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Skin and Eyes

Before we turn to any software to create CG skin and eyes, it is important to take a look at the biological structure of both, and see how these anatomies can inform the digital processes.


The skin is the body’s thinnest and largest organ, measuring around two square metres in an average sized adult. It provides a protective barrier between the body and what is very frequently a hostile environment. The skin is composed of 2 main layers: the epidermis above and the dermis below, and beneath these is the subcutaneous layer, which is rich in fatty tissue and carries the major blood vessels and nerves to the skin above.

Doing justice in CG to this complex organ, which appears so varied from person to person, and from one part of the body to the next, is a labour of love. Take a look at your face in the mirror: see how colour varies from feature to feature, how some parts are oilier and have deeper pores than others, how lines form around the eyes and corners of the mouth. My approach to producing digital skin is more artistic than technical: I have a look in mind, which can be backed up by reference, and I strive to get that look by repeated tinkering with texture and displacement maps, whilst being very conscious of and informed by the biological make-up of the skin outlined below.

The epidermis in most areas of the body is less than 0.17mm thick. This figure does rise, however, in those areas such as the soles of the feet, which are exposed to a lot of pressure and friction. The epidermis is composed of between 3 and 5 layers, depending on the area of the body. The cells at the surface of the skin are dead and are continuously being shed then replaced by cells which have migrated from lower layers in the epidermis. This is a process which continues even while we sleep.

Let’s relate this biological information to the epidermal map that we will create during the texturing process. As the visible portion of the epidermis is actually composed of dead cells, when viewed in isolation, it is very desaturated in colour. This desaturation will need to be mimicked in the creation of the map.

Before we reach the dermis, there is the dermal-epidermal junction, a membrane which effectively glues the dermis and the epidermis together.

Moving deeper, the dermis is sometimes known as the “true skin” and is much thicker than the epidermis, varying from 0.5mm (eyelids and penis) to 4mm (soles and palms) thick. The dermis contains nerves and nerve endings, muscle fibres, hair follicles, sweat and sebaceous glands, and blood vessels. It performs a number of functions such as heat regulation, protection from mechanical injury, and the processing of sensory information such as pain or heat.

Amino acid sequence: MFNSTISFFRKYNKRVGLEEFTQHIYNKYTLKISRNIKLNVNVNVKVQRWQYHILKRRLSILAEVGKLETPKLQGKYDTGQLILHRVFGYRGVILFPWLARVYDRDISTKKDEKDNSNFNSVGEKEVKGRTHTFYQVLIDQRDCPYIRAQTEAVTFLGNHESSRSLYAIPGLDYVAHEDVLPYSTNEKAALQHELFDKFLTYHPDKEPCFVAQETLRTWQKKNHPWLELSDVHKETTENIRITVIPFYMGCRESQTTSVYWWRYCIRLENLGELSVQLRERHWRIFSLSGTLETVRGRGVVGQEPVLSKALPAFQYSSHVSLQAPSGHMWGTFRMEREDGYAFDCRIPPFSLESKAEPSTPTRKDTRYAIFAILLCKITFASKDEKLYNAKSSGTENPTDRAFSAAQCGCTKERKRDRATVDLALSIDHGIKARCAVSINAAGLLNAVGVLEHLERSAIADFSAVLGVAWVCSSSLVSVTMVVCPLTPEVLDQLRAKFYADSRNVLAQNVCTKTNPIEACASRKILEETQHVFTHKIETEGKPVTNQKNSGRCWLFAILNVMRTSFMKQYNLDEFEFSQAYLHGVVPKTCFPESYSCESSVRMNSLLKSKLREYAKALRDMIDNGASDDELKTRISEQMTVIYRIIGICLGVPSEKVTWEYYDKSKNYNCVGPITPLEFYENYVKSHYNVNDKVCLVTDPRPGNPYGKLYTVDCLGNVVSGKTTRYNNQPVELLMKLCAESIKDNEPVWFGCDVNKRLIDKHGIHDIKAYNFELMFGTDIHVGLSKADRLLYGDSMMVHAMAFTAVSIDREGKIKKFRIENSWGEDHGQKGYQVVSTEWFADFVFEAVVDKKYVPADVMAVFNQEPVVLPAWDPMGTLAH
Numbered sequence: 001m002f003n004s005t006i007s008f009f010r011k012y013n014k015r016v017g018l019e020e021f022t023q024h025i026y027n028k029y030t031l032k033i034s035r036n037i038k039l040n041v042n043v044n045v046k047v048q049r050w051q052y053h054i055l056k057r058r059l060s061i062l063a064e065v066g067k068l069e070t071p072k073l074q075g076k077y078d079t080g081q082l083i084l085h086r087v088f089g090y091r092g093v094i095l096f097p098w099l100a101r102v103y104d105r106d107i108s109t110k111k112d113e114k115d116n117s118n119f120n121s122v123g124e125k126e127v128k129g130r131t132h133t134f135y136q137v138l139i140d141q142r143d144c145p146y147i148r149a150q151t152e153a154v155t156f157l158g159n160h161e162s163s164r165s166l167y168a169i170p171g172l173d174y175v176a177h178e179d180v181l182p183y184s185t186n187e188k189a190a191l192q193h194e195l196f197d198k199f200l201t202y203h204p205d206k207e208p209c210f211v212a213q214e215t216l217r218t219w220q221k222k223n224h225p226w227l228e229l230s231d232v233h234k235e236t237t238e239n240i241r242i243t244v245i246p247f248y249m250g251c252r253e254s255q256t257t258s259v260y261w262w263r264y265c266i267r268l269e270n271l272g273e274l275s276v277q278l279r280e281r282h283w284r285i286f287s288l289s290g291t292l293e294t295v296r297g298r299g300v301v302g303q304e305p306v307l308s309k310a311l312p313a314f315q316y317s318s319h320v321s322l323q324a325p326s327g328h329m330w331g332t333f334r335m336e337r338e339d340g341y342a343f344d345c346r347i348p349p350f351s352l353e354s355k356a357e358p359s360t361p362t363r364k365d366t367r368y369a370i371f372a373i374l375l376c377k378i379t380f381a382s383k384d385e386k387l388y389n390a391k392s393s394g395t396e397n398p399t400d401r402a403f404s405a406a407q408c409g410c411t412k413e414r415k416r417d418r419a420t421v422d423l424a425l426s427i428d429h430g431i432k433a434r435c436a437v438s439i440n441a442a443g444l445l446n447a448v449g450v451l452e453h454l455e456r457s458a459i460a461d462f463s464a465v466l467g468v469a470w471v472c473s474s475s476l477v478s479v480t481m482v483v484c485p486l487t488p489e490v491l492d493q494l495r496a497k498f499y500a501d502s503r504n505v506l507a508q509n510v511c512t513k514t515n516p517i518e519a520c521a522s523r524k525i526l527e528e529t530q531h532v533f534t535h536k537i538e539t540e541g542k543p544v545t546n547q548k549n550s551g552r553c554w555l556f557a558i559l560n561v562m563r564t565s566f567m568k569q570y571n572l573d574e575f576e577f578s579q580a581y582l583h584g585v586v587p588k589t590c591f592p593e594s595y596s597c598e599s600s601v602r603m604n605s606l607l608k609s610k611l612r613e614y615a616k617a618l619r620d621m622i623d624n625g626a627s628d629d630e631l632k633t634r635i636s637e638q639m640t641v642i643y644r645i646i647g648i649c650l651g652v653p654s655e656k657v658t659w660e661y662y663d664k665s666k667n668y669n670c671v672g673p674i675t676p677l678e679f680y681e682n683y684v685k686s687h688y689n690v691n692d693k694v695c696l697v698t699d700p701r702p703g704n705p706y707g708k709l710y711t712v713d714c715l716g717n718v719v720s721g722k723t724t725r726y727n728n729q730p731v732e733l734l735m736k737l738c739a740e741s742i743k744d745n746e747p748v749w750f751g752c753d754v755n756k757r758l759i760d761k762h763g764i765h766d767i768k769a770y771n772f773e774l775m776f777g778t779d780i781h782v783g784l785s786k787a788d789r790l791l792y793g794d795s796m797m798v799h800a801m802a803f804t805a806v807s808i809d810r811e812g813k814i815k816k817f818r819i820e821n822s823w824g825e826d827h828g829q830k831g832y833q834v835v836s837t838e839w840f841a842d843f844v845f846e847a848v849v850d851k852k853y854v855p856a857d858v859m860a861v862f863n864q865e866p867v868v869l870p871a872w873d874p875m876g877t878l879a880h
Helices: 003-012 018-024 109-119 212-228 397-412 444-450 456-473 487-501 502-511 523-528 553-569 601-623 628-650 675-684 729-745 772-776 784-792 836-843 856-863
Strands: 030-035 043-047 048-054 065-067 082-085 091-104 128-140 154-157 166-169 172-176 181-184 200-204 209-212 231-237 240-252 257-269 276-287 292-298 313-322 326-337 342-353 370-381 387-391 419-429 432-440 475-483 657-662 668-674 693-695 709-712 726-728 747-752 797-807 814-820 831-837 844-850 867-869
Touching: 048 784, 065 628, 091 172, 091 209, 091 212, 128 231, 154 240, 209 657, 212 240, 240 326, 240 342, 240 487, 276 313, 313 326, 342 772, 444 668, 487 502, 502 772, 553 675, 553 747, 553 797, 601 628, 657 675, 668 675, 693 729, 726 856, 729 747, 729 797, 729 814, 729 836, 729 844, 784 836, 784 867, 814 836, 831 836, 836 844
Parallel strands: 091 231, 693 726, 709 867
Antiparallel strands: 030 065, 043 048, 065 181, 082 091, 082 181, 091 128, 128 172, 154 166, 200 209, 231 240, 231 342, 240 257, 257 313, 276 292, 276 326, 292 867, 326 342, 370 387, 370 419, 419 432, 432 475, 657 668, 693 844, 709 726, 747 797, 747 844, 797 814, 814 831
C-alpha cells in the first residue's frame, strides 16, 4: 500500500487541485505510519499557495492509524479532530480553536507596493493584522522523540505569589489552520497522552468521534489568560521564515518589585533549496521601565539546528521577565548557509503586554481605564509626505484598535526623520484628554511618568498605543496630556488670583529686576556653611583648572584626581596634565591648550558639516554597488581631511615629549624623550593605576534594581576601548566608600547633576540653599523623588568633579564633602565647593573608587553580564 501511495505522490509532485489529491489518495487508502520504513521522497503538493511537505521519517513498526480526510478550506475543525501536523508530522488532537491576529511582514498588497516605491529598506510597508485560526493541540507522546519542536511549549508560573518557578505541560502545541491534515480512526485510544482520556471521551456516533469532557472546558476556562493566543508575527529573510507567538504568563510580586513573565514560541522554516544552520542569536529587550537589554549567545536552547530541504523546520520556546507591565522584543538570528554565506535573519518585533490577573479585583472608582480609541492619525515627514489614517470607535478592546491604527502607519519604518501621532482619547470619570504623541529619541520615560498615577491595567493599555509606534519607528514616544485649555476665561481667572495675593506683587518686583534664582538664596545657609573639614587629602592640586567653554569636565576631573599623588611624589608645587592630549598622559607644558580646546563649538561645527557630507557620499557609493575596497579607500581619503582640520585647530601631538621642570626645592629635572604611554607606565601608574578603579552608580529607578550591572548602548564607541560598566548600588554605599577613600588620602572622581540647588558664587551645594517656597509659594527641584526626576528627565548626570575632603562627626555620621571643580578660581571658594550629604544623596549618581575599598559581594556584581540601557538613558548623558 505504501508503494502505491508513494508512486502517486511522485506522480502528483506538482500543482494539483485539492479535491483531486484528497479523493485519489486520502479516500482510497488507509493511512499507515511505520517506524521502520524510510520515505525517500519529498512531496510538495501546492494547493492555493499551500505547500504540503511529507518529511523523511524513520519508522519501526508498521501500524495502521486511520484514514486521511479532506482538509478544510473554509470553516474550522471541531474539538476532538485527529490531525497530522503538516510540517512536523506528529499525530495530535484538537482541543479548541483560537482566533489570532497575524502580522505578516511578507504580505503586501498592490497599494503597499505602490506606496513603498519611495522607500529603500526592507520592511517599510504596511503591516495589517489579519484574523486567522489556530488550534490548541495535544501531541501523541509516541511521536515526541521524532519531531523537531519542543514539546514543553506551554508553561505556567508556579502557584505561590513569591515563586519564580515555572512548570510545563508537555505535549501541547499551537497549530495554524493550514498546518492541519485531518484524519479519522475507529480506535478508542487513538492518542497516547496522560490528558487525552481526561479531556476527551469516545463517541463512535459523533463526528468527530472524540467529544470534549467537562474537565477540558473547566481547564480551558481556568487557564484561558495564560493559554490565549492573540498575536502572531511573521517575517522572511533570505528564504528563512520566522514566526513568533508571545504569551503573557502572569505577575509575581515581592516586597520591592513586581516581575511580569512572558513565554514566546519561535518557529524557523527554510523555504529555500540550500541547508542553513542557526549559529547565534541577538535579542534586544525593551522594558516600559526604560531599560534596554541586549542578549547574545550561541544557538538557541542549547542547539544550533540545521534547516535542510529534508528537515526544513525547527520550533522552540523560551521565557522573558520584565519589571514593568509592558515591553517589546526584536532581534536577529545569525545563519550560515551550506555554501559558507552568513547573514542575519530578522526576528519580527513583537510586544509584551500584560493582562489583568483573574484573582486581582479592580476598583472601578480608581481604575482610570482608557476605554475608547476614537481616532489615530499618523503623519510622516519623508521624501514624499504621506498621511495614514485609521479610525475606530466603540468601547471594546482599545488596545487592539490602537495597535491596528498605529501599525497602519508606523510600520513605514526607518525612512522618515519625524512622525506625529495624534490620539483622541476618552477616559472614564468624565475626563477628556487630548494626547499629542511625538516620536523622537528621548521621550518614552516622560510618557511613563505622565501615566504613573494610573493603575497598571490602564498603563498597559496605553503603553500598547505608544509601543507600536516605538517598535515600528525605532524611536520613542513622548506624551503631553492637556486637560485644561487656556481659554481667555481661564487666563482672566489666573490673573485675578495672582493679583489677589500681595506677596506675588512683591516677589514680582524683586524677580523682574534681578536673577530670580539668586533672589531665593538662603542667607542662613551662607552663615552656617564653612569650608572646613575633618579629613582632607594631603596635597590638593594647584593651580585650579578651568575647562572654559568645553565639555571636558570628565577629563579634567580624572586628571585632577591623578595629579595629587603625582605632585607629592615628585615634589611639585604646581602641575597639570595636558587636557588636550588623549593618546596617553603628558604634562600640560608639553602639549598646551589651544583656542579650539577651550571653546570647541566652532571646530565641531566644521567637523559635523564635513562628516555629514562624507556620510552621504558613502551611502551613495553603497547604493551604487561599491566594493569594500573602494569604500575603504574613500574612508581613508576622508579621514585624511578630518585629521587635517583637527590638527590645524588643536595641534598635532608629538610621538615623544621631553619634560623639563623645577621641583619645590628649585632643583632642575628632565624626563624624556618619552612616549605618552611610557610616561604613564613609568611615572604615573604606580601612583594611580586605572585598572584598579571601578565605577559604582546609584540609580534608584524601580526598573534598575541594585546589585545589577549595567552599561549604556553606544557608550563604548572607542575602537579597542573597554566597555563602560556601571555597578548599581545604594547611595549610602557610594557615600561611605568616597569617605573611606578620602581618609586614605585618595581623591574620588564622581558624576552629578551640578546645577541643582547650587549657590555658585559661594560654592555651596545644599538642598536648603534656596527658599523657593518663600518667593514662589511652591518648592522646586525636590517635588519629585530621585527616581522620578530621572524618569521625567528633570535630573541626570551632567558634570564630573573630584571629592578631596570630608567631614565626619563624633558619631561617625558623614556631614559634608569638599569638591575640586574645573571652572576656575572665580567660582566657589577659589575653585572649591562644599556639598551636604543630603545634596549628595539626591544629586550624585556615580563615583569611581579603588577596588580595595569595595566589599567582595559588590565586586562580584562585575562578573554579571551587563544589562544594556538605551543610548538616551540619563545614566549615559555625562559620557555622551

Relating this to CG again, the subdermal texture map, which represents both the dermis and the subcutaneous layer, should be reddish in colour as it is the red wave length that penetrates the furthest and scatters beneath the epidermis. The texture map should also be blurry as the red light bounces around this region. This is where we should also include colour variation, such as for the veins, to add a layer of complexity to the shader.

Of additional importance when considering shaders, is the oily film which is visible on the surface of the skin to a greater or lesser degree from person to person and depending on the area of the body. This film is composed of secretions from the sweat and sebaceous glands mixed with the cells being shed from the epidermis. Because the surface film reflects light, and because blue light barely penetrates, I’ll be adding a blue tint to the reflection and specular maps.


The adult eyeball measures around 2.5 cm in diameter. Only one sixth of the eyeball is exposed; the remainder is recessed and protected in its orbit, and based on the digital texturing and shading work we will do, it is this sixth that we will focus on. We will look, therefore, at the sclera, iris, pupil and cornea.

The sclera is a tough white fibrous tissue that almost encircles the eyeball, giving it shape and protecting its inner parts.  The visible, anterior part of the sclera is the “white of the eye”.

The iris, or the coloured portion of the eye, is made up of circular and radial muscles which are arranged in a doughnut shape, the hole in the middle being the pupil, through which light enters the eye. A principal function of the iris is to regulate how much light enters the posterior cavity of the eyeball through the pupil. When light stimulates the eye, the circular muscles of the iris contract, making the pupil smaller. When the eye needs to see in poor light, however, the radial muscles of the iris contract, thus increasing the size of the pupil.

Covering the iris and the pupil is the cornea, which is a transparent coat protected externally by an epithelial layer.

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